Using their mathematical skills, scholars increased their knowledge of projectile motion (Carlisle, 2005). This knowledge was then used in military appliances such as crossbows and trebuchets, which could throw missiles for great distances. Progress in physics was greatly assisted by one of the greatest accomplishments of the Middle Ages, which was the invention of the mechanical clock in the twelfth century.
This invention essentially invented time and made it possible for people to represent the previously abstract concept of time in a tangible manner (Carlisle, 2005). By quantifying time, it was possible to measure speed and other concepts that had a relationship with time.
Physics also benefited from the development of many arts and crafts during the Dark Ages. Refinement of crafts in glassware led to significant advances in science. At the onset, glass craftsmen used their skills to make devices such as clocks and watches. With time, glassmakers’ skills were used to produce lenses.
The lenses were initially used as eyeglasses by the aristocrats. However, these same lenses were later used to make telescopes and microscopes (Carlisle, 2005). Telescopes are the single most important instruments in astronomy studies. Microscopes have played a crucial role in biology and medicine by making it possible to study microscopic organisms.
Many significant advances in Mathematics were made during the Dark Ages. Mathematicians, in this era, believed that it was possible to use mathematics symbols to represent physical realities. An emphasis was placed on understanding traditional theorems and developing new ones. Krebs (2004) states that these scholars were able to “invent new ways of mathematically representing physical realities” (p.102).
The Muslim Mathematician Al-Khwarizmi introduced the algebraic system that was taken up by European scholars in the Dark Ages and used to solve practical problems (Falagas et al., 2006). These scholars were able to come up with the algebraic symbols that are still used today.
Modern chemistry has benefited greatly from the efforts of individuals in the Dark Ages. During this age, there was a great fascination with alchemy, which is a craft that aims to produce gold from base metals. European alchemy was prevalent in the Middle Ages as alchemists sort to create gold.
In their attempt to do this, they contributed to chemistry by discovering new chemical elements and coming up with methods of classifying elements based on their physical properties and reactions (Krebs, 2004). Scholars from the Dark Ages started showing an interest in understanding the composition and properties of matter, and this paved the way for modern chemistry studies.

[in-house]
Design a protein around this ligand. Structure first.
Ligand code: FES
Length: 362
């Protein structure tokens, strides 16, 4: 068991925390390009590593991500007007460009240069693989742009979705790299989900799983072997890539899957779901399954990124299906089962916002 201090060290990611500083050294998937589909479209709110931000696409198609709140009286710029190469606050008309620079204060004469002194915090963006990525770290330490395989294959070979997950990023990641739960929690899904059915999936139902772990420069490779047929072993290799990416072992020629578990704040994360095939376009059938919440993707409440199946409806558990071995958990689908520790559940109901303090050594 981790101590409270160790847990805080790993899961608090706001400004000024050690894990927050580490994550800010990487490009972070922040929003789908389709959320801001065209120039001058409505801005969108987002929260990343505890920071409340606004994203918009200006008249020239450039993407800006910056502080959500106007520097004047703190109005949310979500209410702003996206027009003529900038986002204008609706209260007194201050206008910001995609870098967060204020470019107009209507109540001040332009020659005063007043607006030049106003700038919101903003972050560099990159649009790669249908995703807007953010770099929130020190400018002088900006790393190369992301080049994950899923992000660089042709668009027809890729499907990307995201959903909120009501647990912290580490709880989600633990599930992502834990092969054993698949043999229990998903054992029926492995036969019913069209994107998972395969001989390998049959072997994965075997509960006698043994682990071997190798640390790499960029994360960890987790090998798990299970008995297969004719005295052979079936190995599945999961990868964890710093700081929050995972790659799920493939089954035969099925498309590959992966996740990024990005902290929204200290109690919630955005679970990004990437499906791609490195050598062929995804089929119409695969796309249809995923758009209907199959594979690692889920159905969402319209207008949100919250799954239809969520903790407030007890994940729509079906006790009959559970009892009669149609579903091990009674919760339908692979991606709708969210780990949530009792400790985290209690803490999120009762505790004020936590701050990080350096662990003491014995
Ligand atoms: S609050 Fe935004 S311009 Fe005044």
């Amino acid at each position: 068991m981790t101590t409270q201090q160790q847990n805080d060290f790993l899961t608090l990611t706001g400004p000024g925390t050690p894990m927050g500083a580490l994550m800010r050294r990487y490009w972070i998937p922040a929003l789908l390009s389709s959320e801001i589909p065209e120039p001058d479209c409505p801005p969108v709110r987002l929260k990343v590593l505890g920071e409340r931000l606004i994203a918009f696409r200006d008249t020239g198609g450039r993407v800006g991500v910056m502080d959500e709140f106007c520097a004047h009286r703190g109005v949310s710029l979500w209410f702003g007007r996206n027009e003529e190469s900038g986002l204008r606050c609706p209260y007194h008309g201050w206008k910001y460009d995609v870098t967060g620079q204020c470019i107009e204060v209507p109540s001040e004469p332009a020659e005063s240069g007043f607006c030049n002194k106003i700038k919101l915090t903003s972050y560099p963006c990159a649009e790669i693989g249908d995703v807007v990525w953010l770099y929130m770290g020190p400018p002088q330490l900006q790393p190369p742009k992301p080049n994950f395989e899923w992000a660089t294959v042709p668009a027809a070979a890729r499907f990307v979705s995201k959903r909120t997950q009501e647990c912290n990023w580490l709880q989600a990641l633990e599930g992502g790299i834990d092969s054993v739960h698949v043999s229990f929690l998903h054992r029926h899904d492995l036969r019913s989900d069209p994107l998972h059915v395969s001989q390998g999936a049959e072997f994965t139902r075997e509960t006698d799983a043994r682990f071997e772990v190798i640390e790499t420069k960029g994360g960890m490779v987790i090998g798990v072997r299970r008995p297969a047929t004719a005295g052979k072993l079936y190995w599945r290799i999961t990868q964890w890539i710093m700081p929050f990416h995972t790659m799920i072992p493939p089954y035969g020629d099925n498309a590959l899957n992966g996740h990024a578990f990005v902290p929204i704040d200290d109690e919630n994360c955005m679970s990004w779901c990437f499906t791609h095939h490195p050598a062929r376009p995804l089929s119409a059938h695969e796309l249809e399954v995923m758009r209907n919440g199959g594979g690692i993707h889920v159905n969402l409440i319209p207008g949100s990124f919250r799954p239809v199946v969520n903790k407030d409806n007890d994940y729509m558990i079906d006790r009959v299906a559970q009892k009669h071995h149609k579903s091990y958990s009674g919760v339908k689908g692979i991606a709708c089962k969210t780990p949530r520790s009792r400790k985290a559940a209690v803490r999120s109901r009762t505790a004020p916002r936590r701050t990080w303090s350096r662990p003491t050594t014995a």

The Dark Ages also contributed to the establishment of important scientific principles. Specifically, the principle of objective reality was developed and perpetuated during this era. This principle was first proposed by the Catholic theologian and Scholar, Thomas Aquinas, who declared that “things that can be observed are indeed real” (Krebs, 2004, p. 154). This principle emphasized on the importance of objectivity when making scientific inquiries.
Scientists today continue using this principle in their experiments. The scientific method, which played a major role in the advancement of science and technology, was developed the Franciscan priest, Roger Bacon during the Dark Ages. This method emphasizes experimental work and the ability to reproduce the findings of an experiment.
Conclusion and Suggestions
The purpose of this paper was to discuss the dark ages to show the significance of this era to the development of human civilization. It provided a history of the Dark Ages and showed how the fall of the Roman Empire ushered the start of the era. Focus on the numerous political wrangles that took place in this era, and the lack of evident advancement in material cultural achievements contributed to the period being called the Dark Age.
This paper has shown that while historians in the 18th and early 19th century regarded the Dark Era as a barren period in which no progress was made in science, philosophy or music, modern authorities have discovered otherwise. Modern scholars have acknowledged the importance of the dark ages to the development of modern science and technology.
This research has documented some of the achievements made in science, philosophy, and art during this period. It is suggested that modern historians should altogether avoid using the term “Dark Ages” when referring to the Middle Ages in European history. This would help dispel the popular assumption that this age was characterized by stagnation in scientific and intellectual development in Europe.
In addition to this, greater efforts should be made to publicize the many significant discoveries and inventions made by scholars in this era. By doing this, modern civilization will give proper tribute to an era that made some of the most important contributions to human civilization.
Carlisle, R. (2005). Scientific American Inventions and Discoveries: All the Milestones in Ingenuity – From the Discovery of Fire to the Invention of the Microwave Oven. Boston: John Wiley & Sons.
Falagas, M., Zarkadoulia, E., & Samonis, G. (2006). Arab science in the golden age (750-1258 C.E.) and today. FASEB Journal, 20(10), 1581-1586.
Krebs, R. (2004). Groundbreaking Scientific Experiments, Inventions, and Discoveries of the Middle Ages and the Renaissance. NY: Greenwood Publishing Group.
Lindberg, D. C. (1978). Science in the Middle Ages. Chicago: University of Chicago Press.
Wigelsworth, J. R. (2006). Science and Technology in Medieval European Life. NY: Greenwood Publishing Group.